In a previous post I wrote about TensorFlow.js and how it can be used to build and deploy deep learning models in the browser. In this post I will focus on how TensorFlow.js models are loaded in the browser.
Most of the times Machine Learning models are used from an API. But TensorFlow.js brings those models to the user browser. The process behind this is very interesting.
There are many ways to load and use TensorFlow.js models.
Let's say you want to load the Toxicity model. Toxicity is a model that can detect toxicity in text.
This is the kind of model you can load directly from an NPM package after install it.
import * as toxicity from "@tensorflow-models/toxicity";
So, now you can load the model by calling
Toxicity.load() it's a wrapper around
tf.loadGraphModel() is a function that loads a TensorFlow.js model from a URL or a local file.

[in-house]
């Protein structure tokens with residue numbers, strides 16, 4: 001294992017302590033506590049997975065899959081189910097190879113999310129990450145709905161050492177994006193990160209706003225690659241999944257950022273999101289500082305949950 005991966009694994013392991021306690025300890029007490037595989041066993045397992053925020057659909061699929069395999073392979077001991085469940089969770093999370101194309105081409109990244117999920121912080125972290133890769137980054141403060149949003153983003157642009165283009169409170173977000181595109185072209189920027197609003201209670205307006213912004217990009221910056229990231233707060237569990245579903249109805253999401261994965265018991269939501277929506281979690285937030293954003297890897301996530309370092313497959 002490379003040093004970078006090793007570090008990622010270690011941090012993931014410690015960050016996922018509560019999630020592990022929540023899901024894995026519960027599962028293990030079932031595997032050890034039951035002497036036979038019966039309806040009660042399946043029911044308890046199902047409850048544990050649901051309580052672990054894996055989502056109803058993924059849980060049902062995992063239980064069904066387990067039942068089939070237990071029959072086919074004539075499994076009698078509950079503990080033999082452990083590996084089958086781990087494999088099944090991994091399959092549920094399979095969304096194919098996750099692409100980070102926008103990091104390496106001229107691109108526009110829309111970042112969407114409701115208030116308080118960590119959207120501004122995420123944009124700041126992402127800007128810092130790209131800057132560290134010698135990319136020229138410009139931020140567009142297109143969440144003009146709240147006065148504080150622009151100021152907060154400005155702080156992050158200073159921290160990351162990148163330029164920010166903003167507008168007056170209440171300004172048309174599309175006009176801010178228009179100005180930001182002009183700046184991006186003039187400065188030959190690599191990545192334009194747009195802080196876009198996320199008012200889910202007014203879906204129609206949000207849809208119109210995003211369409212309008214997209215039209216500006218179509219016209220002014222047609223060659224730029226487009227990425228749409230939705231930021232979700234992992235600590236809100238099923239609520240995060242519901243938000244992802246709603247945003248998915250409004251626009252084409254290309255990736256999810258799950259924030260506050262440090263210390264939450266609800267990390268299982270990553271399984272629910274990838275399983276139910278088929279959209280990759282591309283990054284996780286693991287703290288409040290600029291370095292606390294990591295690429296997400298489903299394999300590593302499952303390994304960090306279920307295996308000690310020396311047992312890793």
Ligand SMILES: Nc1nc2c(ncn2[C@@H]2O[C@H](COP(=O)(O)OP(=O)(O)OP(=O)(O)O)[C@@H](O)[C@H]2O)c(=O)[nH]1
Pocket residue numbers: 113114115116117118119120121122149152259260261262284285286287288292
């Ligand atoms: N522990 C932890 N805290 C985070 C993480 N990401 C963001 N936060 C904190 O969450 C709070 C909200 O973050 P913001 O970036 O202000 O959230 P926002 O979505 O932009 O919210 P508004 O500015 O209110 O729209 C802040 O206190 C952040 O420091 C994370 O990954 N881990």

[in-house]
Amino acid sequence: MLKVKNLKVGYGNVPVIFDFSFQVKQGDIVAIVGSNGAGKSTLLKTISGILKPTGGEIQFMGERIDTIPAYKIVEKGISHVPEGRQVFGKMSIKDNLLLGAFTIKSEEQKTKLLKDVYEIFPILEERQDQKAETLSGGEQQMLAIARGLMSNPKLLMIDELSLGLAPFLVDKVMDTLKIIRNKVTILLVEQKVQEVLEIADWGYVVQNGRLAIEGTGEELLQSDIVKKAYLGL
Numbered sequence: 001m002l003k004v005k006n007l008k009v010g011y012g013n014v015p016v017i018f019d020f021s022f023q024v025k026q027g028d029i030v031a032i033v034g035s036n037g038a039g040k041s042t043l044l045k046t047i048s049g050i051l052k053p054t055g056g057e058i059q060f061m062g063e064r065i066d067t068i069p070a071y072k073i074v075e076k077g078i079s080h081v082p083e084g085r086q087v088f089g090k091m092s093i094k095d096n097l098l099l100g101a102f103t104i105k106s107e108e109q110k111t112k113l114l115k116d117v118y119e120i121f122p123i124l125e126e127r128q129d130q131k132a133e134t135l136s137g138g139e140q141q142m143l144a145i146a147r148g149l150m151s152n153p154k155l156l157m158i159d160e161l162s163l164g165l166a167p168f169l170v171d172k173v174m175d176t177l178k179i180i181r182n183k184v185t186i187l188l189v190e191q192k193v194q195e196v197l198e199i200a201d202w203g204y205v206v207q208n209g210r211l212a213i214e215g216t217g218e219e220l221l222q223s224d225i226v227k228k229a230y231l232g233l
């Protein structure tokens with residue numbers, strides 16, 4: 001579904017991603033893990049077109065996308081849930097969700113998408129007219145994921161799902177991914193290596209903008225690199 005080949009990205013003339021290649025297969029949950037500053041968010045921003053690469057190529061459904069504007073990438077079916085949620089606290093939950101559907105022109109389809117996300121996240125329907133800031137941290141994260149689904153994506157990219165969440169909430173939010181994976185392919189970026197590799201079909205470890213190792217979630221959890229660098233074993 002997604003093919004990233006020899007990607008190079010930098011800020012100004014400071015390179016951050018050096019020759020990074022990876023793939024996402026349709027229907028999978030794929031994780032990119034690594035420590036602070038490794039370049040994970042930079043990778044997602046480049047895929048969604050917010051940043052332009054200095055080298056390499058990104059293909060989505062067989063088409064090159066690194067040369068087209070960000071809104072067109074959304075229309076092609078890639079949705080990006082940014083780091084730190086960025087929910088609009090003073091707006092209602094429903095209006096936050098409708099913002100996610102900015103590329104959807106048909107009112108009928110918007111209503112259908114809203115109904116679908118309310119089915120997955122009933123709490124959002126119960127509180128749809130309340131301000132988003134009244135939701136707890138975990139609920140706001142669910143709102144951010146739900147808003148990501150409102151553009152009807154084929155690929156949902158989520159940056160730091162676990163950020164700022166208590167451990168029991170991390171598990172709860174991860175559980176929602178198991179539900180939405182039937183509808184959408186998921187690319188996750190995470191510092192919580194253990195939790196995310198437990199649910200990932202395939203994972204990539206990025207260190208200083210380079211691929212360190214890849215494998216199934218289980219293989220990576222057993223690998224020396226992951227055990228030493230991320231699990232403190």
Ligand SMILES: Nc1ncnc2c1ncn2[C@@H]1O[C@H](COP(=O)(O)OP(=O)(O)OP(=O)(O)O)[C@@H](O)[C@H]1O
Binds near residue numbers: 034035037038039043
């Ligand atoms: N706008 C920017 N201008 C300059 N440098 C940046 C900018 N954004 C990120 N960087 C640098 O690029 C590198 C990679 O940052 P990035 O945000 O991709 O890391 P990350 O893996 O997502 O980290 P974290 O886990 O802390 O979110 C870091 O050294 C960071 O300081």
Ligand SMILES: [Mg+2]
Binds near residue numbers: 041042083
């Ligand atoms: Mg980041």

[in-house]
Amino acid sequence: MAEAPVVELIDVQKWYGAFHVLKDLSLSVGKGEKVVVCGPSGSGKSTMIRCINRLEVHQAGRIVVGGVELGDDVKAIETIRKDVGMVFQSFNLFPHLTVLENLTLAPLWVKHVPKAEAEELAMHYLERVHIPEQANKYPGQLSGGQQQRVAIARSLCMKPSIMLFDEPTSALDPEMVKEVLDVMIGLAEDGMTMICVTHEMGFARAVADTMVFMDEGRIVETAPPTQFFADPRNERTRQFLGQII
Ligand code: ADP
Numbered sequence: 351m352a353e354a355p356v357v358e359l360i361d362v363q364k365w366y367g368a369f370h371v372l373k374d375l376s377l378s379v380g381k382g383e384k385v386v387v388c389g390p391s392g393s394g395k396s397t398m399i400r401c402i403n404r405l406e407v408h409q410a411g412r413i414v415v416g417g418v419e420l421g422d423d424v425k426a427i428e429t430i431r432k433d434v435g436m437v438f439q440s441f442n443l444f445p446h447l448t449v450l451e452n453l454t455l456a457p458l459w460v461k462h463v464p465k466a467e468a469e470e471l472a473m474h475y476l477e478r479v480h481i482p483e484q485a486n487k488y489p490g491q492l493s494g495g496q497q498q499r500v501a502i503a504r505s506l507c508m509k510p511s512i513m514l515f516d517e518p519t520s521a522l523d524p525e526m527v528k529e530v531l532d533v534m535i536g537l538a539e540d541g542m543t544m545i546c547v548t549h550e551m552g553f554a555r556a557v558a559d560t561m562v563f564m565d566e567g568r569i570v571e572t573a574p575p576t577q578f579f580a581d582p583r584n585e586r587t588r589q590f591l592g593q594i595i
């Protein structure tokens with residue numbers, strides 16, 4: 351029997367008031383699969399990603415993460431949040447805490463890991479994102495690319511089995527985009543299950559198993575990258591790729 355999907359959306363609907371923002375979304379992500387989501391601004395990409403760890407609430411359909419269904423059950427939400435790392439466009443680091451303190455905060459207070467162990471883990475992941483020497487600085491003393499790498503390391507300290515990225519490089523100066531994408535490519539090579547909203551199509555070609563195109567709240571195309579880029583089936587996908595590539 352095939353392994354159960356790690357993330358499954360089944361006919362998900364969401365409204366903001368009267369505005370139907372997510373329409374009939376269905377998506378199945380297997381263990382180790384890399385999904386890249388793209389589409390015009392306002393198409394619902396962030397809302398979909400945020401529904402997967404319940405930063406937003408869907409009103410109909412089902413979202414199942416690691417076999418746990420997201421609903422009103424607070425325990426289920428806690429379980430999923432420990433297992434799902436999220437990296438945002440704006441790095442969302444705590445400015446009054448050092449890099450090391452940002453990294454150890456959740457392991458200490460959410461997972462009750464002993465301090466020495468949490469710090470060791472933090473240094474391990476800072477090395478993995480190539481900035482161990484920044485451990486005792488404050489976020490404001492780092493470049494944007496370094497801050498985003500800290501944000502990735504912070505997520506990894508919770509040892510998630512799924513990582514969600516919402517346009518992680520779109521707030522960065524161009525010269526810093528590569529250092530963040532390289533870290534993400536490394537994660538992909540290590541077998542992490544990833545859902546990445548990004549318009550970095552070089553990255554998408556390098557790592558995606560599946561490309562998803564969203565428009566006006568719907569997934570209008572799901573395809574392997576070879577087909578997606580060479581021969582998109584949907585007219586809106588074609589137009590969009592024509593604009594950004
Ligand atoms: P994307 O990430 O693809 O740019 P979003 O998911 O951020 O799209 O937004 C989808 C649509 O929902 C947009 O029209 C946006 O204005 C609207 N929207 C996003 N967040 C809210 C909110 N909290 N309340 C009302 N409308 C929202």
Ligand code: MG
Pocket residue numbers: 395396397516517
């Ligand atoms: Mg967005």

Even when you install a model with NPM, the model is not inside the package. When you need to use the model this will fire a network call to download the model.
Because the model is loaded asynchronously, you need to wait for the model to load before you can use it.
const model = await toxicity.load();
This is something we can see from the Network tab in Chrome Developer Tools:
The Toxicity model is a large model, so it's split into multiple files. The files are called shards. The shards are loaded in parallel, and then they are combined into a single model.
This allows you to load the model more efficiently, especially when loading large models over a slow connection. TensorFlow.js automatically handles the process of downloading and combining the shards to create the full model.
Not all the models are split into shards, some models can be loaded as single files because they are not very large.
This model will be storaged in local memory, so you don't need to worry about downloading the model each time you run your application.
Once the model is complete, you can start using it through your app.
This was the internal process of loading machine learning models in the browser using TensorFlow.js.